Red-Hot Resources

"Luck is not chance, it’s toil; fortune’s expensive smile is earned.”

Saturday, March 15, 2008

Could the Credit Markets Seize Up?

And what would that mean for the stock market and the economy?

It’s something that worries me. Could the credit markets seize up? I mean, there are TRILLIONS of dollars of derivatives out there. And as you know, Bear Stearns is a market maker in mortgage bonds, a primary dealer in U.S. Treasury notes and clears or settles securities transactions for other brokers and investment funds.

Bloomberg had an interesting story this morning ...

Bernanke's Bear Stearns Bailout Breaks With Four Decades of Fed Policies

“As a governor, you never want to be placed in this position,'' said former Fed governor Laurence Meyer, who served during the central bank's coordination of the rescue of hedge fund Long-Term Capital Management LLC in 1998.

``Everybody has to be uncomfortable with this. But it is always, compared to what? Just imagine what would have happened today if this action hadn't been taken.''

I wonder just what Laurence Meyer is imagining.

By the way, remember how the market rallied Thursday when S&P announced that the big banks were near the end of their writedowns? Obviously, S&P’s statements can be trusted on this about as much as their ratings, which have shown to be completely untrustworthy.

And I point you to another story in the Wall Street Journal …

Debt Reckoning: U.S. Receives a Margin Call

The U.S. is at the receiving end of a massive margin call: Across the economy, wary lenders are demanding that borrowers put up more collateral or sell assets to reduce debts.

The unfolding financial crisis -- one that began with bad bets on securities backed by subprime mortgages, then sparked a tightening of credit between big banks -- appears to be broadening further. For years, the U.S. economy has been borrowing from cash-rich lenders from Asia to the Middle East. American firms and households have enjoyed readily available credit at easy terms, even for risky bets. No longer.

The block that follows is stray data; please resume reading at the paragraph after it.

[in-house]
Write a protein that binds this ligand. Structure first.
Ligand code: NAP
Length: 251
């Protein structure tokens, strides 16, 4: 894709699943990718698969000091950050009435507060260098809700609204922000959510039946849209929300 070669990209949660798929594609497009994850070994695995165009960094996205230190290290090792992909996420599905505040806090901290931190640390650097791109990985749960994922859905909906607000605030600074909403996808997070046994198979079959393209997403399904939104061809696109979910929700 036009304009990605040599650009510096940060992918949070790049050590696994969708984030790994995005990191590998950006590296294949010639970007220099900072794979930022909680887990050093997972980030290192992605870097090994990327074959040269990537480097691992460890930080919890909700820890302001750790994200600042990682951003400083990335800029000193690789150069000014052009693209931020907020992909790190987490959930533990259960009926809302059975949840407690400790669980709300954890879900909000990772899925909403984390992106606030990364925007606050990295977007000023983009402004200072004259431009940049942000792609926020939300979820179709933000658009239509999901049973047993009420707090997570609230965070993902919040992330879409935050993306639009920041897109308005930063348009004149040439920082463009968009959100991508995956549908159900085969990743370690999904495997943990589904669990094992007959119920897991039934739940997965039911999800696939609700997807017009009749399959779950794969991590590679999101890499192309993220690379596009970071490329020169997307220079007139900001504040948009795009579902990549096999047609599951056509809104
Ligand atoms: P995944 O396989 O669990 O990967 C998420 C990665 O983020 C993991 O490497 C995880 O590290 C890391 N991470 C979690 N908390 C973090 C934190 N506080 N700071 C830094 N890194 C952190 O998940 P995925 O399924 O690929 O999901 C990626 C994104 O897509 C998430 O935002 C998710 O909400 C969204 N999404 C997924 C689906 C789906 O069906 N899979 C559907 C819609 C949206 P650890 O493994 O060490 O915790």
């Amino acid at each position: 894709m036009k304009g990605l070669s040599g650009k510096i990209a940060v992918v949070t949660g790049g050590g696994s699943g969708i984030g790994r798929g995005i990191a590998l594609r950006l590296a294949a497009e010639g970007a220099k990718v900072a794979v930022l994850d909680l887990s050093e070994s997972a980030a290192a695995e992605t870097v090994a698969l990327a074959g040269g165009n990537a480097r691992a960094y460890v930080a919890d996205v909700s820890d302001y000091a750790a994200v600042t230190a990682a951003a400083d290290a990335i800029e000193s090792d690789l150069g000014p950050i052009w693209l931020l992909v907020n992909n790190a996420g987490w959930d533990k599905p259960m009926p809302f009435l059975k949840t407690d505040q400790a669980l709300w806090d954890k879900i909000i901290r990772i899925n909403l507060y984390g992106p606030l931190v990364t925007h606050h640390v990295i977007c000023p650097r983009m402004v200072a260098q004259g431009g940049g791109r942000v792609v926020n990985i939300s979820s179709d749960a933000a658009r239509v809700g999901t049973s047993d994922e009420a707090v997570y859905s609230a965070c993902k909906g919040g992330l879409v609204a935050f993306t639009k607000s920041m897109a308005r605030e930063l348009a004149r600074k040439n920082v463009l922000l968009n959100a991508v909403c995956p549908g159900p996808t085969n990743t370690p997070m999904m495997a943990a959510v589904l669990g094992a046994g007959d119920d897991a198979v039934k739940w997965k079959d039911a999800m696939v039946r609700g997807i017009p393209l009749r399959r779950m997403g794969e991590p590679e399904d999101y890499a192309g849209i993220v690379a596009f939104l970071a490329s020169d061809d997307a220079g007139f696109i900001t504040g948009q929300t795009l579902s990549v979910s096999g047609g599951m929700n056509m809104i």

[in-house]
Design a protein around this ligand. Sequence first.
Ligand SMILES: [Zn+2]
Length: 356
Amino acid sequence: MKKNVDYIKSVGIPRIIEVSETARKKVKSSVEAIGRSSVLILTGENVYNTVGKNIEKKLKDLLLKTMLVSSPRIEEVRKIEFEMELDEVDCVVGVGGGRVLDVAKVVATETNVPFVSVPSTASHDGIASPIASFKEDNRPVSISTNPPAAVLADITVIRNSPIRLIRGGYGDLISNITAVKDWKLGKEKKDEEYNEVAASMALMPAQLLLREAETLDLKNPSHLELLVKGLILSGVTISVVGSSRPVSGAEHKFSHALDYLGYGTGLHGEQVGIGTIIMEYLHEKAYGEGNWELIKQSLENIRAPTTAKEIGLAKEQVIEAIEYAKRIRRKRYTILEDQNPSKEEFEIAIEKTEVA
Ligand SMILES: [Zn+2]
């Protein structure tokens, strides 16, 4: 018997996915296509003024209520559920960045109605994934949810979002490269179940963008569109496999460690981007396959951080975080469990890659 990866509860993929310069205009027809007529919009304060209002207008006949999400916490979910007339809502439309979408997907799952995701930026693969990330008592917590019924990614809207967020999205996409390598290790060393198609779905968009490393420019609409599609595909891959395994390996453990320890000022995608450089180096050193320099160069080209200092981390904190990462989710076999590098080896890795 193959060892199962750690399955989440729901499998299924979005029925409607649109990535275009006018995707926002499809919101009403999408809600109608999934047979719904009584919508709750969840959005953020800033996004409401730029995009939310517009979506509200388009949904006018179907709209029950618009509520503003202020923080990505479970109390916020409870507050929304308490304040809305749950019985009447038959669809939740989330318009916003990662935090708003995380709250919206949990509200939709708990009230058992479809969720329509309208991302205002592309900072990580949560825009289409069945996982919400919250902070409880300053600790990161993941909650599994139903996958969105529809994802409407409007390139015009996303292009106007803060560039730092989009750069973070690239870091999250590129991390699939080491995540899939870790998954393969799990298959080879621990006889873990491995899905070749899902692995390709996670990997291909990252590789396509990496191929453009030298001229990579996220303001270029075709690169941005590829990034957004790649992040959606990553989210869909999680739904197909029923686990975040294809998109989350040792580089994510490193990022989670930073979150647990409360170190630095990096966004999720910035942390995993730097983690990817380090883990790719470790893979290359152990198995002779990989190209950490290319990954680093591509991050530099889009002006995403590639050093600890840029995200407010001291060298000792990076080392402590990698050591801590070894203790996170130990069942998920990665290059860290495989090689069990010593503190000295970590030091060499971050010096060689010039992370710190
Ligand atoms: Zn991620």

Interestingly, further down in the story …

while cash continues to pour into the U.S. from abroad, this flow has been slowing. In 2007, foreigners' net acquisition of long-term bonds and stocks in the U.S. was $596 billion, down from $722 billion in 2006, according to Treasury Department data. Americans, meanwhile, are investing more of their own money abroad.

And could we be approaching the zero hour for the dollar?

Pressures in one market spread rapidly to other, often more distant markets. "The dollar and subprime -- they're two sides of the same coin," says Princeton University economist Hyun Song Shin. Many U.S. hedge funds and financial institutions were speculating in mortgage-related securities with money that was ultimately borrowed in Japan, where interest rates have been low for years. He notes foreign banks' net liabilities in the yen interbank market surged between April 2006 and April 2007. As investments bought with money borrowed in Japan get sold and converted back into yen, he says, "we see both a fall in asset prices and a fall in the dollar."

Jimmy Rogers has an opinion on that

"No country in the world has ever succeeded by debasing its currency," he said. "That's what this man [Bernanke] is trying to do. He's trying to debase the currency as a way to revive America. It has never worked in the long term or the medium term."

Back to the Wall Street Journal for one more comment ...

The resulting blow to confidence threatens to further weaken lending, borrowing, spending and investment in the U.S. economy. "Hedge fund blowups have so far been one-off situations. One worry is that we'll cross some line and there'll be a systemic wave of fund failures. It's a reason why the market is so nervous," says John Tierney, credit derivatives strategist at Deutsche Bank.

Here's a question for you: Could we be approaching the kind of financial crisis that forced Britain off the world stage after World War II. In its death struggle with Germany, Britain really spent itself into the poorhouse. Germany may have lost the war, but Britain lost the peace.

The US stepped into the vacuum created by Britain’s exit. Who will step into the vacuum if we leave? China, probably. Meanwhile, the US continues a slow slide into quiet desperation. Could China survive a global credit crunch; could India for that matter? There are too many variables, and I don’t know the “worst-case scenario” that Laurence Meyer has in mind.

Labels: ,

Check out my new gold and energy blog at